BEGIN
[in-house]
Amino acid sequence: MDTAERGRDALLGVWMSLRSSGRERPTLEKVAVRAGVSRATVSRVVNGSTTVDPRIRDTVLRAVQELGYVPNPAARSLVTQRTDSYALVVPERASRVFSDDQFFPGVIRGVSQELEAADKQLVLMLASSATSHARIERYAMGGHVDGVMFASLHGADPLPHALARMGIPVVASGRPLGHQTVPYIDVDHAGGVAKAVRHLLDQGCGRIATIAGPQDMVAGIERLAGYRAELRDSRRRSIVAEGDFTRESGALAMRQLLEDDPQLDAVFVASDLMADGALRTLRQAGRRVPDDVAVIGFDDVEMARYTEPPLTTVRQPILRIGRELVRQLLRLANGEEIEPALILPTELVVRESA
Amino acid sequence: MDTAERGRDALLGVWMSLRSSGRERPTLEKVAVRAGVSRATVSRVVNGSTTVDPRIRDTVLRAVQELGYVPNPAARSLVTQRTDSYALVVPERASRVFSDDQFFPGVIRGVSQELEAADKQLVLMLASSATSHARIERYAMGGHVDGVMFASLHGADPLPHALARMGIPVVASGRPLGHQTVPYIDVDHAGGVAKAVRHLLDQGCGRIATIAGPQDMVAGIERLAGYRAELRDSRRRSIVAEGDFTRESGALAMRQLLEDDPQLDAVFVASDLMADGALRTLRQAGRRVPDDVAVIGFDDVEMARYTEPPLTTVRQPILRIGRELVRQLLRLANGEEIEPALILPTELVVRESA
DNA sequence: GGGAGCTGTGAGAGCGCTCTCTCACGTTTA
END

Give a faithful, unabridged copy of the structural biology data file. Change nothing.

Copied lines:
[in-house]
Amino acid sequence: MDTAERGRDALLGVWMSLRSSGRERPTLEKVAVRAGVSRATVSRVVNGSTTVDPRIRDTVLRAVQELGYVPNPAARSLVTQRTDSYALVVPERASRVFSDDQFFPGVIRGVSQELEAADKQLVLMLASSATSHARIERYAMGGHVDGVMFASLHGADPLPHALARMGIPVVASGRPLGHQTVPYIDVDHAGGVAKAVRHLLDQGCGRIATIAGPQDMVAGIERLAGYRAELRDSRRRSIVAEGDFTRESGALAMRQLLEDDPQLDAVFVASDLMADGALRTLRQAGRRVPDDVAVIGFDDVEMARYTEPPLTTVRQPILRIGRELVRQLLRLANGEEIEPALILPTELVVRESA
Amino acid sequence: MDTAERGRDALLGVWMSLRSSGRERPTLEKVAVRAGVSRATVSRVVNGSTTVDPRIRDTVLRAVQELGYVPNPAARSLVTQRTDSYALVVPERASRVFSDDQFFPGVIRGVSQELEAADKQLVLMLASSATSHARIERYAMGGHVDGVMFASLHGADPLPHALARMGIPVVASGRPLGHQTVPYIDVDHAGGVAKAVRHLLDQGCGRIATIAGPQDMVAGIERLAGYRAELRDSRRRSIVAEGDFTRESGALAMRQLLEDDPQLDAVFVASDLMADGALRTLRQAGRRVPDDVAVIGFDDVEMARYTEPPLTTVRQPILRIGRELVRQLLRLANGEEIEPALILPTELVVRESA
DNA sequence: GGGAGCTGTGAGAGCGCTCTCTCACGTTTA